First of all, on this, the 241st year of our country's Independence, I want to wish all our patriotic Sweethearts, families & friends a very Happy 4th of July!
I'm sure there's been a blog or two about "Buffalo Bill," but having visited the fascinating Buffalo Bill Historical Center, I thought readers would enjoy a brief post about this amazing man who by the turn of the 20th century was probably the most famous American in the world. No one symbolized the West for Americans and Europeans better than Buffalo Bill. He was consulted on Western matters by every American president from Ulysses S. Grant to Woodrow Wilson.
William F. Cody was born in LeClaire, Iowa in 1846. His family moved to Leavenworth, Kansas when he was a child. Cody left home at the age of only eleven to herd cattle and drove a wagon train across the Great Plains several times. In 1860 at fourteen, he rode for the Pony Express. After the Civil War, Cody scouted for the U.S. Army. A fur trader, gold miner, and master bison hunter, he then gained the name "Buffalo Bill."
Buffalo Bill's career in show business began in 1872 in Chicago at the age of 26. He acted in the show "Scouts of the Prairie" which became a huge success. Critics said he may not have been the best actor, but he knew how to charm the audience. The following season Cody started his own show, Scouts of the Plains, including his friends, Bill Hickok and Texas Jack.
In 1882, Cody organized the famed "Buffalo Bill's Wild West" show, a grand outdoor event, with a cast of hundreds including the western personalities, Annie Oakley, Calamity Jane, Will Rogers, Wild Bill Hickok, Chief Sitting Bull, and Geronimo, as well as many live animals, in particular, horses, buffalo, elk, moose, bear and Texas steers. He recruited cowboys and cowgirls from ranches throughout the West. The shows demonstrated bronco riding, roping and many other skilled events.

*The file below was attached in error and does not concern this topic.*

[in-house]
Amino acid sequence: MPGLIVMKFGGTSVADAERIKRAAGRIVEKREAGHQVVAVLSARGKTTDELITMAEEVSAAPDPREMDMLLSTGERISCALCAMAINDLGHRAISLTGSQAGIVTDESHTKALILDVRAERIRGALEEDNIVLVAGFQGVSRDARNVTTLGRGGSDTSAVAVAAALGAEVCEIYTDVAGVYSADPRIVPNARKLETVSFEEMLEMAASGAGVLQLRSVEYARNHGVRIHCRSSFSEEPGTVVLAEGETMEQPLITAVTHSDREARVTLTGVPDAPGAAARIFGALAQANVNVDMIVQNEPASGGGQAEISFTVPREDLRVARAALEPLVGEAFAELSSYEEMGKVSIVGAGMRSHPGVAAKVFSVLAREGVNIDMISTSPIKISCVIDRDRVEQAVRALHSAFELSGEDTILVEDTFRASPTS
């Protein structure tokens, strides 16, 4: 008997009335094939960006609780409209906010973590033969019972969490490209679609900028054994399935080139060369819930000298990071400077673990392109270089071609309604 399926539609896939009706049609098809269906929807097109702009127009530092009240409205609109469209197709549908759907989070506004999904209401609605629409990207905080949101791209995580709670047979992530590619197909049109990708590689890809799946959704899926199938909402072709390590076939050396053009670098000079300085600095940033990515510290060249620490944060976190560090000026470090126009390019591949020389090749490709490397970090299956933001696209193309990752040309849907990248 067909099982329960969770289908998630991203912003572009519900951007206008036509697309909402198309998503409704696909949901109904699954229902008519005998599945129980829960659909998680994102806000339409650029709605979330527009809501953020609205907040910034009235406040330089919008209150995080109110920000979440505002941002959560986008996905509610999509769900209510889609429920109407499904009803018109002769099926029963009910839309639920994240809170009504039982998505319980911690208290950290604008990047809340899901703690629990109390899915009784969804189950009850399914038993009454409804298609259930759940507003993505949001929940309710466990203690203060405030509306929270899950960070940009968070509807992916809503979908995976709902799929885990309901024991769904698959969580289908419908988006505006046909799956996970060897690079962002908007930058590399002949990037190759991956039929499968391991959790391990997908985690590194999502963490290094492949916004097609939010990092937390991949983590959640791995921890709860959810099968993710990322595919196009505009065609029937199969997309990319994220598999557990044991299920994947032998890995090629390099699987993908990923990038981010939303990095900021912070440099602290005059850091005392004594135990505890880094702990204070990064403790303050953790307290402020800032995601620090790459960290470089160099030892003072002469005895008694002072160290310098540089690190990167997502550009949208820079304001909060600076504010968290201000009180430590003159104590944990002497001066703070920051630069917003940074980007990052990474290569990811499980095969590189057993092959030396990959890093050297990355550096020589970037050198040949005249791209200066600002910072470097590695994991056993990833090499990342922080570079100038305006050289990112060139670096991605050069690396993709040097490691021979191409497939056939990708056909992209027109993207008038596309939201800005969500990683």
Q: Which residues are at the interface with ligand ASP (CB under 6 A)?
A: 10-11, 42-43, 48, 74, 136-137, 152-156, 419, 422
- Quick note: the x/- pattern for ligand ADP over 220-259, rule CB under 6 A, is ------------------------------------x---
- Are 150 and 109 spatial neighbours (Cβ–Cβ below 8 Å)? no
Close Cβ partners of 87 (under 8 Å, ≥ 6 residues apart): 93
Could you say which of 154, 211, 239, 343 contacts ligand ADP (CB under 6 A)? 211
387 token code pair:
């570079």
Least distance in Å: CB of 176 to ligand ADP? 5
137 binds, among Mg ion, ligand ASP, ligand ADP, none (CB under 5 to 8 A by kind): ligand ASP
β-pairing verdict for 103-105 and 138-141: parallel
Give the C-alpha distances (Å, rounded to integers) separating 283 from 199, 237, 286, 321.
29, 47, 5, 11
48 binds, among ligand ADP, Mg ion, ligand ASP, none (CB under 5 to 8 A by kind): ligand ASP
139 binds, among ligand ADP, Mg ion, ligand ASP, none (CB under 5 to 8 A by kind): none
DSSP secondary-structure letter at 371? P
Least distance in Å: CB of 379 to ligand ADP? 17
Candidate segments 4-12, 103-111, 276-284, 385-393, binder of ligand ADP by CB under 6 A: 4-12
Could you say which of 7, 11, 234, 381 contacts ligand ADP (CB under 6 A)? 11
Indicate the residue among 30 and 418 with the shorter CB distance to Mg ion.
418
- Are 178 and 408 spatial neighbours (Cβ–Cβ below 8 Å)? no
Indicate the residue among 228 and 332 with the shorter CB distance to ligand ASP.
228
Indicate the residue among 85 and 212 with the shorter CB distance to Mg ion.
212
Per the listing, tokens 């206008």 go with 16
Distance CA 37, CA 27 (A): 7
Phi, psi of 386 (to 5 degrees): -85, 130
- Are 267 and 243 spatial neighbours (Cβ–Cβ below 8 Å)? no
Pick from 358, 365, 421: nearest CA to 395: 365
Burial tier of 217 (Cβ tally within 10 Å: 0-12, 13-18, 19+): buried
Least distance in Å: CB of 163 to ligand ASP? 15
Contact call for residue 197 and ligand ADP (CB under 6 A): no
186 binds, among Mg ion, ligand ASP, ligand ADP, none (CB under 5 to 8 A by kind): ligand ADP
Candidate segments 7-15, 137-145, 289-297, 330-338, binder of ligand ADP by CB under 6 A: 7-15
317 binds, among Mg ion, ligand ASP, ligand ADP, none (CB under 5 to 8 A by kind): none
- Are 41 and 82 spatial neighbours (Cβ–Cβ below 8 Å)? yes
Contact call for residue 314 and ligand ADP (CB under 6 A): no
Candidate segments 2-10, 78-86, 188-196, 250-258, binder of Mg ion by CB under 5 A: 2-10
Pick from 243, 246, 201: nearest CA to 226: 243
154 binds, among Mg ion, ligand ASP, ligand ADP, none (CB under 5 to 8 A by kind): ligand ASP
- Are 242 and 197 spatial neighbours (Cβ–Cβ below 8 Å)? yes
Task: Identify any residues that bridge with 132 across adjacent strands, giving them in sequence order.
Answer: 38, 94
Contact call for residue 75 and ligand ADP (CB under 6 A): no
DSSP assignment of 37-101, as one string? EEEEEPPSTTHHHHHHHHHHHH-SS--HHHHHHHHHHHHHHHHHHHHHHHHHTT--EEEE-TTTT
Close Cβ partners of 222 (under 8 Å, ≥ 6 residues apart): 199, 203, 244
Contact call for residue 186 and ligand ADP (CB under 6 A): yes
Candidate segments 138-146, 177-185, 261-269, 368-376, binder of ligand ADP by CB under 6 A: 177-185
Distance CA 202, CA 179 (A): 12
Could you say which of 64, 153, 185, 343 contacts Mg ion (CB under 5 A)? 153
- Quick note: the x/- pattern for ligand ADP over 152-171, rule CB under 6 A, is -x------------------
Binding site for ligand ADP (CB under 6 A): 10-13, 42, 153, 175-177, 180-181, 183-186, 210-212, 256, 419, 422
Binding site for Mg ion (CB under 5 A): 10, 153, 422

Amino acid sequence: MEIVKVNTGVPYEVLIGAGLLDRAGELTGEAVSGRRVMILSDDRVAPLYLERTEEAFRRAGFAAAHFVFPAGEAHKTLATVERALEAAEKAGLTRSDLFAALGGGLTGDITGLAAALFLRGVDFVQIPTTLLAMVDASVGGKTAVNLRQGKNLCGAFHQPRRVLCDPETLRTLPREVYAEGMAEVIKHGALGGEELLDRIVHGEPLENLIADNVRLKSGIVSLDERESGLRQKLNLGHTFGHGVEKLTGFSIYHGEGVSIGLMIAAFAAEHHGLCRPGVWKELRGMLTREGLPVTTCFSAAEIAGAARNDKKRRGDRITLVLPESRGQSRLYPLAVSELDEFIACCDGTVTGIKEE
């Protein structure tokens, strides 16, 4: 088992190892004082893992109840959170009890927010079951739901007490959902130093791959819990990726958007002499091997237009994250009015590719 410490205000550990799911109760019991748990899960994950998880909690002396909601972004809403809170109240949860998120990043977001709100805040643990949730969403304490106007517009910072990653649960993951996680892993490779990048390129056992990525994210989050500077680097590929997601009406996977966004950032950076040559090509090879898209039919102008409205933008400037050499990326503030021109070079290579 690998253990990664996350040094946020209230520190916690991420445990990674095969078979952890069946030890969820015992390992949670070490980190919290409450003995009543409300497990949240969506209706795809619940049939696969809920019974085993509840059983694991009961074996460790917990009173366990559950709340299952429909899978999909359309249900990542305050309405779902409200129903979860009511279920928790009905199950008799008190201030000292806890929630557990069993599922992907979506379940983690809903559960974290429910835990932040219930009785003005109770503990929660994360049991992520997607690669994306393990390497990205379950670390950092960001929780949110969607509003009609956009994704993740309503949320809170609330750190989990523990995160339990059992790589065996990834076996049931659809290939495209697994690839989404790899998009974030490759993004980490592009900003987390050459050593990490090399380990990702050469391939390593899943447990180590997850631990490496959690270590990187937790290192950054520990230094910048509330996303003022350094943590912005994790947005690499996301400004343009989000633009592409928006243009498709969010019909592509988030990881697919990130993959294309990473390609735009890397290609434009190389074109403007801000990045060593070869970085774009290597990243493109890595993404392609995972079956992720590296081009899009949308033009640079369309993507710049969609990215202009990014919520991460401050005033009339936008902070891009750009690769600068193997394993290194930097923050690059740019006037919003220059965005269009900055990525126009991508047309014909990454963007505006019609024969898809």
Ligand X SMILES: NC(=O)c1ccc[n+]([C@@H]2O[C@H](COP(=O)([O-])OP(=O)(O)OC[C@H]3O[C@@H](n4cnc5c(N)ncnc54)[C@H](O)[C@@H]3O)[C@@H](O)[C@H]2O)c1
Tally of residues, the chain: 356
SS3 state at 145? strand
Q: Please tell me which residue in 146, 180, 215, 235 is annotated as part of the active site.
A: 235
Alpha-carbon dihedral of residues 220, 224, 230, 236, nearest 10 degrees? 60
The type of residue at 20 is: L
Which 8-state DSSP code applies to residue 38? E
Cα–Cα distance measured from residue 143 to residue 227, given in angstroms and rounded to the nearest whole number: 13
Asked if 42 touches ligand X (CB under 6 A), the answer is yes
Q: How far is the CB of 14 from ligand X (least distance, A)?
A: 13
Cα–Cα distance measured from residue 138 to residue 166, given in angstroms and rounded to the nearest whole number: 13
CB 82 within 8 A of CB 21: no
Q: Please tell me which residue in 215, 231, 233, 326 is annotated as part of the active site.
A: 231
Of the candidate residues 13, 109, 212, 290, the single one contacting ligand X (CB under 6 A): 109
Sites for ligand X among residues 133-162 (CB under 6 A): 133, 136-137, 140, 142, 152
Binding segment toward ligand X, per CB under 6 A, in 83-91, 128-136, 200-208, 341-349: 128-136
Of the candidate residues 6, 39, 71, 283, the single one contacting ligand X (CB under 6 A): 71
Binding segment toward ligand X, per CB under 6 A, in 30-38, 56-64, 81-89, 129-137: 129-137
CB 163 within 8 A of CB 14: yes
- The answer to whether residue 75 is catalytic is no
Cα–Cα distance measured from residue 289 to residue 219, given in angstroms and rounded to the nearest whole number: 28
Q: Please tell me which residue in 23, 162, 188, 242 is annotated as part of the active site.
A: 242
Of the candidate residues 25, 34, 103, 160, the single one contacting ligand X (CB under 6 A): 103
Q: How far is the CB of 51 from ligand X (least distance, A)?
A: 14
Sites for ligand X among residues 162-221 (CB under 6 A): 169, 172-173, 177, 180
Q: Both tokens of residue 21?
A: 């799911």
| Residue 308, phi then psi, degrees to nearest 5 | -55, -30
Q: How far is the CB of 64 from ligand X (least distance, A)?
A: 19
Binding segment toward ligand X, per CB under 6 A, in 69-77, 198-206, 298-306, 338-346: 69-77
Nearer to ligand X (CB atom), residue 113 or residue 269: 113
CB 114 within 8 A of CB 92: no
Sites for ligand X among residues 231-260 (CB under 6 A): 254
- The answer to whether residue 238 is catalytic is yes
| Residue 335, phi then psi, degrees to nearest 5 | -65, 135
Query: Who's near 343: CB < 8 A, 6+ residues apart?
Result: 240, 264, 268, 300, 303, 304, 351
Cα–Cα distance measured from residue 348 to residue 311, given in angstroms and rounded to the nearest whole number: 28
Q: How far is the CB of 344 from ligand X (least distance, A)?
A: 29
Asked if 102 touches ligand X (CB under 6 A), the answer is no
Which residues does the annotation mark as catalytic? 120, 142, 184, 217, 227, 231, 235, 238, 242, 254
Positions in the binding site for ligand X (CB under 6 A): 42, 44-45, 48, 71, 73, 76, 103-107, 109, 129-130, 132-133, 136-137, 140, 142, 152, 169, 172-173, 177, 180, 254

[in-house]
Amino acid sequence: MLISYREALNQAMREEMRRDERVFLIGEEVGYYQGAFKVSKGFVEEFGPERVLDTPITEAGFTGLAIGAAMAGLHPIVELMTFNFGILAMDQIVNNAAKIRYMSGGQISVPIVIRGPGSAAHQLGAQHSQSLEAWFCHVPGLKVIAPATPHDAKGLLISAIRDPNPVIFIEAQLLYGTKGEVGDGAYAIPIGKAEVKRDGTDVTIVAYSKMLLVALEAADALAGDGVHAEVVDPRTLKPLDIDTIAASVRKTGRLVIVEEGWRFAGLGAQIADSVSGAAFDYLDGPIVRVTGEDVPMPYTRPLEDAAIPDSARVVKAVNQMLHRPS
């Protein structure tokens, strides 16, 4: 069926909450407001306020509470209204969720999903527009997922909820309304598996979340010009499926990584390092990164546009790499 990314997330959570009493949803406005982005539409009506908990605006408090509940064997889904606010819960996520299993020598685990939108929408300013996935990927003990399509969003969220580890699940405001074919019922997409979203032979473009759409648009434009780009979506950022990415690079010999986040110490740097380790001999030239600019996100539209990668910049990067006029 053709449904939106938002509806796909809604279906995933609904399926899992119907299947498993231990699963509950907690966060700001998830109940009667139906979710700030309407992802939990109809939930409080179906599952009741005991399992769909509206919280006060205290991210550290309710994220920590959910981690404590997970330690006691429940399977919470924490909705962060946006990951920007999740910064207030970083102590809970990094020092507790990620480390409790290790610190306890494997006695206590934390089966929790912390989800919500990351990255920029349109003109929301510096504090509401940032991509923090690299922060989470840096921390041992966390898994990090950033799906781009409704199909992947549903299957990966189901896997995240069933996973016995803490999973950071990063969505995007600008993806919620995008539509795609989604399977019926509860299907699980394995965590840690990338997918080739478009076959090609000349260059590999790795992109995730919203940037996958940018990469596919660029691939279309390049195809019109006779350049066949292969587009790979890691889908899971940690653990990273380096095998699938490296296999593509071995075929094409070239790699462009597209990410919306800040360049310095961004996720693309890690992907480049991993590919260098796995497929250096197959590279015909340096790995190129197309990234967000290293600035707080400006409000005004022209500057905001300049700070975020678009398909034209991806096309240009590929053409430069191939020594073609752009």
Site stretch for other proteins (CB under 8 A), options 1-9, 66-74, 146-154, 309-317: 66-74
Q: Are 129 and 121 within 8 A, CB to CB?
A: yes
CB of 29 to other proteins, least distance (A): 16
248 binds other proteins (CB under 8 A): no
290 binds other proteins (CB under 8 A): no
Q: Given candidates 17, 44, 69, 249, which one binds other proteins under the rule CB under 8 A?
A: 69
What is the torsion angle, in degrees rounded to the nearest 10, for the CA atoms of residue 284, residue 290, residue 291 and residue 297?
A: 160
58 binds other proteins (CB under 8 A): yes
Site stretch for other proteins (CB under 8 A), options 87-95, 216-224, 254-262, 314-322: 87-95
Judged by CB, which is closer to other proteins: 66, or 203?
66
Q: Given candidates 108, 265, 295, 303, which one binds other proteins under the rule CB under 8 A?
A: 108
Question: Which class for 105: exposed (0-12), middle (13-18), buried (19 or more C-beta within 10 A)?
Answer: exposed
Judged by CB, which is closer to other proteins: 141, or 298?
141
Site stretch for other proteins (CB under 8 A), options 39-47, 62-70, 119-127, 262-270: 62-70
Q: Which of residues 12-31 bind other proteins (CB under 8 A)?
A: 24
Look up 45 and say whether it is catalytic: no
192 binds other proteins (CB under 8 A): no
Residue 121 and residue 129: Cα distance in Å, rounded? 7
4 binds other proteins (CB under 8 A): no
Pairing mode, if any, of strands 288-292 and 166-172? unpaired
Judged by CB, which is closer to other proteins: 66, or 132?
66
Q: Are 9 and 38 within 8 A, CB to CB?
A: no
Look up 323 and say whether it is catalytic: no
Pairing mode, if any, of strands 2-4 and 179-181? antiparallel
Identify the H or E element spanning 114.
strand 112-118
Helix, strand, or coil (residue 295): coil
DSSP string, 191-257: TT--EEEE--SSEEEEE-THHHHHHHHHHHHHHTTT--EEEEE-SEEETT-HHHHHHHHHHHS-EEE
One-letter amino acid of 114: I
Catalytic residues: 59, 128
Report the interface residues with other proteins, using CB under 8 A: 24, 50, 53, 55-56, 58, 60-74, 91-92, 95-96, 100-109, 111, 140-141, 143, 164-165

In 1887, the Wild West show was invited to England for Queen Victoria's Golden Jubilee celebration. Cody's show was a popular hit and soon rose to international fame. His notoriety earned him an audience with Pope Leo XIII while touring Europe. At the turn of the twentieth century, he was known as "the greatest showman on the face of the earth."
In 1895, Cody was instrumental in the founding of the town of Cody, in northwestern Wyoming. In 1902, Buffalo Bill opened the Irma Hotel, named after his daughter. (I visited the town and the fascinating hotel where you can experience the romance of the era.)
Buffalo Bill never retired. He died in 1917 at the age of 71. He was buried in his chosen place on Lookout Mountain overlooking the Plains and Colorado Rockies where he had spent the best times of his life. His wife, Louisa, was buried next to him four years later.
In 1921, Johnny Baker, a dear friend of Cody, created the Buffalo Bill Memorial Museum. It illustrates the legendary life and times of William F. Cody and his Wild West shows. The exhibits offer many objects of the Old West, including Indian artifacts and firearms as well as Buffalo Bill's show outfits. Today the Buffalo Bill Museum and Grave in Golden, Colorado is one of the top visitor attractions in the state.